Gotham: This Ball Of Mud And Meanness

"Hurry up and bring on your electric chair. I want to leave here and take a nose-dive into the next world just to see if that one is as lousy as is this ball of mud and meanness." - Carl Panzram

Meet "the childish hand of fate" and one of the best episodes of the entire show.

For the short version, this is the one where Bruce Wayne talks a man to death and moves in with his girlfriend.

Jokes aside, I was greatly looking forward to this one, and as I suspected, it proved to be one of the strongest installments.

Just as the previous outing, the episode consisted of three plots neither one really connected to one another - Oswald's arc, Edward's arc and Bruce's arc - which could have lead to a similarly disjointed result. However, thematically speaking all the plotlines tie into similar topics of violence and insanity, be it in core or as window-dressing - Bruce's visit to the Joker-themed club, Edward's descent into paranoid madness and Oswald's entire storyline - which makes the final product feel much more coherent, and the storytelling is admirably focused. The narrative and dialog is consistently brilliant.

In essence, this episode merges the good parts of episode 12 with the good parts of episode 13, retaining the flair and depth of the latter combined with the pacing and functionality of the former.

Without question, the main plot was Bruce Wayne's pursuit of the man who killed his parents, and this is what I will focus on exclusively.


This was an episode which was a long time coming and which had to happen, and as it's over I realize how it has changed the basic nature of the show. I made an off-hand comment yesterday about Gotham being a city with no real heroes. I don't even think I need to delve into why Jim isn't one, but I also interpreted Bruce as essentially a young boy on a vendetta, consumed by a burning rage.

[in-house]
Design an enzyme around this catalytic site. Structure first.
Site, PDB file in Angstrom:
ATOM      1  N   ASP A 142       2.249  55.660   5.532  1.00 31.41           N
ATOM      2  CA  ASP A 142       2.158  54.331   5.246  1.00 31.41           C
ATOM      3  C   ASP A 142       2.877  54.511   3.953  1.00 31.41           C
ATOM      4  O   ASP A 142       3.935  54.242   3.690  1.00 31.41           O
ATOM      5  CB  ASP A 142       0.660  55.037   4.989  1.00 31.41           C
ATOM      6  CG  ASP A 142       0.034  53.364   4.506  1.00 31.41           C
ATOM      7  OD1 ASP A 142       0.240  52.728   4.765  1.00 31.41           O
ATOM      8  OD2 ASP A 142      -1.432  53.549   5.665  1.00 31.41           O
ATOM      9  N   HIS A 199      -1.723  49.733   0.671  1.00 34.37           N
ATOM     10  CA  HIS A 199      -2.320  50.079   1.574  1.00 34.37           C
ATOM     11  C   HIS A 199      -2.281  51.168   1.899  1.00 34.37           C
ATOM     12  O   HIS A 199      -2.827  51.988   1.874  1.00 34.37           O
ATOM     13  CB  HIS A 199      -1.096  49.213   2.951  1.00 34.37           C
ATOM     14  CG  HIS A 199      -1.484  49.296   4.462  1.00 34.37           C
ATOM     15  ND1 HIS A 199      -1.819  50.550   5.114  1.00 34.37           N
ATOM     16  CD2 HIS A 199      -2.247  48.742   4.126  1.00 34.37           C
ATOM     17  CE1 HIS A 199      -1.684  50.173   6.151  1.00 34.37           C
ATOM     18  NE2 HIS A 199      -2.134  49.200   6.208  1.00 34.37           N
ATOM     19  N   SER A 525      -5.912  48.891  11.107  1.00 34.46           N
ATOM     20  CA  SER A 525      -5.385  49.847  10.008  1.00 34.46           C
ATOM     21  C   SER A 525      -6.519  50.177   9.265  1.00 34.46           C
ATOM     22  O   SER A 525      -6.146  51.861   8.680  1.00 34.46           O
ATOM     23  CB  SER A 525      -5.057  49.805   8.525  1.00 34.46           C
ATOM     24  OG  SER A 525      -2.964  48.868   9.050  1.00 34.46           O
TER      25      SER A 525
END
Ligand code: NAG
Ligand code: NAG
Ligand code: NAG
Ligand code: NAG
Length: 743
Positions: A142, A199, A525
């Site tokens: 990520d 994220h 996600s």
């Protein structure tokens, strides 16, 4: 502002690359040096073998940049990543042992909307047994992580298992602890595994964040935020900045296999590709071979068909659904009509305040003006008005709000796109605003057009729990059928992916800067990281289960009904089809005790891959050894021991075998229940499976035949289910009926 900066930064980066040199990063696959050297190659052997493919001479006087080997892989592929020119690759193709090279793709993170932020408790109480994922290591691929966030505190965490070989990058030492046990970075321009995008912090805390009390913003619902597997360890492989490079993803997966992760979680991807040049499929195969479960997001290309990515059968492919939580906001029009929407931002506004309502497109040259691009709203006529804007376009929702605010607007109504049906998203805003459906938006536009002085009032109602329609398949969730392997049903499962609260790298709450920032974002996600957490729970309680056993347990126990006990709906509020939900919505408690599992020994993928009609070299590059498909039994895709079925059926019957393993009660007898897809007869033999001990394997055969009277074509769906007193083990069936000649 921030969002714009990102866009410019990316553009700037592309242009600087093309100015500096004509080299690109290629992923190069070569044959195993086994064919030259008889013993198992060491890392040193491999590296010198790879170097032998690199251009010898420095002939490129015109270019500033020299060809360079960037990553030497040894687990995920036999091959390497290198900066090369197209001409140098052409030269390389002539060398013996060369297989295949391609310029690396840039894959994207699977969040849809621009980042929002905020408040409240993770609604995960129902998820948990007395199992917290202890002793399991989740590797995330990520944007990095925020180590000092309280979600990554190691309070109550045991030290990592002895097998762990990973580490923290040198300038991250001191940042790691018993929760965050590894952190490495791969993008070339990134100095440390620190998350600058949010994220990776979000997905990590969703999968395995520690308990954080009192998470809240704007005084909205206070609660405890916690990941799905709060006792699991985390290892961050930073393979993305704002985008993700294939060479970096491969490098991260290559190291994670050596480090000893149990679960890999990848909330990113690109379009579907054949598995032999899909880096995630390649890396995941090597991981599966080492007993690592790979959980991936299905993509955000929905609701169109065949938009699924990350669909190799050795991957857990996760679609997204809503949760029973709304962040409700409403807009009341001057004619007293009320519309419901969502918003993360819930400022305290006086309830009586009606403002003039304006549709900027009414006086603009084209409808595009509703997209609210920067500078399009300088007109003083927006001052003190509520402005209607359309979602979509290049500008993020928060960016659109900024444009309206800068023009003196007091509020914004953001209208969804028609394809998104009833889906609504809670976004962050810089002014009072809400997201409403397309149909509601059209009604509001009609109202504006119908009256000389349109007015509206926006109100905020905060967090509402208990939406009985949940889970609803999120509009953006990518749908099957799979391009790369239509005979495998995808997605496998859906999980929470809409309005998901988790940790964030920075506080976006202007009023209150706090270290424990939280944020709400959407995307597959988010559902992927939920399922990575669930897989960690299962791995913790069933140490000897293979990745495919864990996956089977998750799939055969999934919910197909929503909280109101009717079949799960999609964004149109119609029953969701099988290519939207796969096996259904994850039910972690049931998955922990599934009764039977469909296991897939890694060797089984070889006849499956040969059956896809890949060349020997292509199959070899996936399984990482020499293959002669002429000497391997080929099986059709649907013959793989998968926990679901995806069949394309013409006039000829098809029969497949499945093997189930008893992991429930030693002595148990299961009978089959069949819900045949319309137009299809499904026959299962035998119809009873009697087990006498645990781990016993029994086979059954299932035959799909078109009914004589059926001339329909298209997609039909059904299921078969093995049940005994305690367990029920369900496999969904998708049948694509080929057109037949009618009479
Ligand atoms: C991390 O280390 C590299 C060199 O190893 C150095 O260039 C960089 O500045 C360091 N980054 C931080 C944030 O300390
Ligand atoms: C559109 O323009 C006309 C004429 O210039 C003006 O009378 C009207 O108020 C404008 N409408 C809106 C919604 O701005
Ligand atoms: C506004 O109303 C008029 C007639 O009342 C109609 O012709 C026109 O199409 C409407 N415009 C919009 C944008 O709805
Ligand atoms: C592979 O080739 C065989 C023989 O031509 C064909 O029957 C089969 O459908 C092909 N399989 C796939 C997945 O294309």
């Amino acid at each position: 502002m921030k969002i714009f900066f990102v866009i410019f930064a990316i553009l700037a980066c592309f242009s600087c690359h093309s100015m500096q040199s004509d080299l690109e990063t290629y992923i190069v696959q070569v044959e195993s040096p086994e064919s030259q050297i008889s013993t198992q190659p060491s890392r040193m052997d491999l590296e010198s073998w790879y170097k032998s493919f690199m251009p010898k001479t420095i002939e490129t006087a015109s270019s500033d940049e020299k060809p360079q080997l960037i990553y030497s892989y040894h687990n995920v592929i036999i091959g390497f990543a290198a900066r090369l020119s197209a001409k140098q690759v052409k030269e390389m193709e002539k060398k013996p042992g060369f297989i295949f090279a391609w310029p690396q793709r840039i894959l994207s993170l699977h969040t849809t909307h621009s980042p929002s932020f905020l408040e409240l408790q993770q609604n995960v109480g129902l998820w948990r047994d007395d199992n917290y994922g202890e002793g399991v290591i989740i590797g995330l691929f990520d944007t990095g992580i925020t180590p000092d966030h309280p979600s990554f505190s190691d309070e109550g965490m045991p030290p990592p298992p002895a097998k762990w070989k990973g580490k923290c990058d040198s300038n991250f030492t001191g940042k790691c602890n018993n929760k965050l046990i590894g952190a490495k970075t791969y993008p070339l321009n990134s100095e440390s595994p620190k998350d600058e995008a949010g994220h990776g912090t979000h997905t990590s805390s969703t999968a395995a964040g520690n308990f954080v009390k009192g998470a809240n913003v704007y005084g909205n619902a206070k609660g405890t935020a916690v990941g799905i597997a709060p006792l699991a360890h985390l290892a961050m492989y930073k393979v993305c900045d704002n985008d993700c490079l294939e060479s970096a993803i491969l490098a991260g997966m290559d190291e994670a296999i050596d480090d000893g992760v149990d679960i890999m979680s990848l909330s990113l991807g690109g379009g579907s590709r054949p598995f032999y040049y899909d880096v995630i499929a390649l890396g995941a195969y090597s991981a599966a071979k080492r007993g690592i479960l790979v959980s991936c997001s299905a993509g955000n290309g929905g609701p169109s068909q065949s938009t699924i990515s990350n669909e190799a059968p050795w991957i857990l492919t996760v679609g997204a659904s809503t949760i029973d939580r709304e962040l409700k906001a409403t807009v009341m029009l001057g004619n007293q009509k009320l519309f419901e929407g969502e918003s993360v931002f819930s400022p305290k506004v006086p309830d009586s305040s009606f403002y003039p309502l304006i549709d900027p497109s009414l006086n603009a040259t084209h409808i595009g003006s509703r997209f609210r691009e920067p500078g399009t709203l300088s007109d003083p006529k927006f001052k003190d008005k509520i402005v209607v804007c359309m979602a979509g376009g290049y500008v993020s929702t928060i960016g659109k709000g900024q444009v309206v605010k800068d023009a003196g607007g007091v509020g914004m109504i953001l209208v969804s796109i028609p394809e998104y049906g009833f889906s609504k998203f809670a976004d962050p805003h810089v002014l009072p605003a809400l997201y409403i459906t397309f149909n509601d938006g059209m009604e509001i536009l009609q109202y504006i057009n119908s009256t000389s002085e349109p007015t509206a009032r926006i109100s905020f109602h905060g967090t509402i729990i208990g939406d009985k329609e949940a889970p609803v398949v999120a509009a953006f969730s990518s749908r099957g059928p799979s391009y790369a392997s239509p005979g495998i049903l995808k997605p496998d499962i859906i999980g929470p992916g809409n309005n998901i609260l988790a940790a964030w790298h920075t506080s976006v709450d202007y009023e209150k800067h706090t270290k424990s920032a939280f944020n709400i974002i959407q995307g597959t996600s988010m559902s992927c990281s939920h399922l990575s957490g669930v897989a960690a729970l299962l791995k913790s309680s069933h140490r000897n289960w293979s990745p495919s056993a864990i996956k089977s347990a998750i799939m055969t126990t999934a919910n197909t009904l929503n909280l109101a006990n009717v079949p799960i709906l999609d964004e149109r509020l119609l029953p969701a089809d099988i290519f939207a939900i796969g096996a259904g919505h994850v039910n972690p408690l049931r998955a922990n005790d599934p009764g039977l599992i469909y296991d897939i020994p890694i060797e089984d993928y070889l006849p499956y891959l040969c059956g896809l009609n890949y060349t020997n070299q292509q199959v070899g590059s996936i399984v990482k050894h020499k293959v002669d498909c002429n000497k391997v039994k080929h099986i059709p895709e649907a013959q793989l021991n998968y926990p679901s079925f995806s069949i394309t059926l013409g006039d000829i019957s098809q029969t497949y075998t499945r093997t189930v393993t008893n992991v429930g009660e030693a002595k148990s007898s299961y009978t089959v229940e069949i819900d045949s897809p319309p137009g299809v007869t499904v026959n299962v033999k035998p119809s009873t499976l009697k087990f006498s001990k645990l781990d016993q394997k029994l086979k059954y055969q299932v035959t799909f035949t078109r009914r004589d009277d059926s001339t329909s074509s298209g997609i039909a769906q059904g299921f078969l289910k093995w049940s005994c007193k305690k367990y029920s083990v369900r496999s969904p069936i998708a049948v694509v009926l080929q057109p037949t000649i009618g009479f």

All that changed here and now the show finally has its own pint-sized hero.

The concept of Batman is cartoonish and simplistic in nature. How it is realized in a medium determines whether it holds our interest. The "Man" is the thesis of justice. The "Bat" is the antithesis of violence. The "Bat-Man" is the synthesis of violent justice. The Bat is amoral, violent and uncompromising. The Man is just, peaceful and diplomatic. Putting it another way, the Man is love and the Bat is hate. The only thing the two halves have in common is their methodical, calculating and intellectual nature. Neither side represents chaos or willful ignorance. This is important, because this allows them to communicate and reach consensus.

Bruce Wayne isn't a violent kid. That is to say, up until his parents' murder that side was never much of a factor. This is one reason the duality of his mind is developing - in a boy violent from infancy, that violence bleeds into his conscious intellectual personality and is internalized. As a contrast, Bruce - in having acquired his violent streak at an age where he is already self-aware and -reflecting - treats it like a foreign entity.

What is significant here is that whereas in the last episode Bruce is constantly shifting into and out of his Bat persona, in this chapter practically only the Man is speaking. I can only interpret this as the looming decision being so crucial to him that he can not afford to have his two sides being at odds with each other, and only the Man needs answers.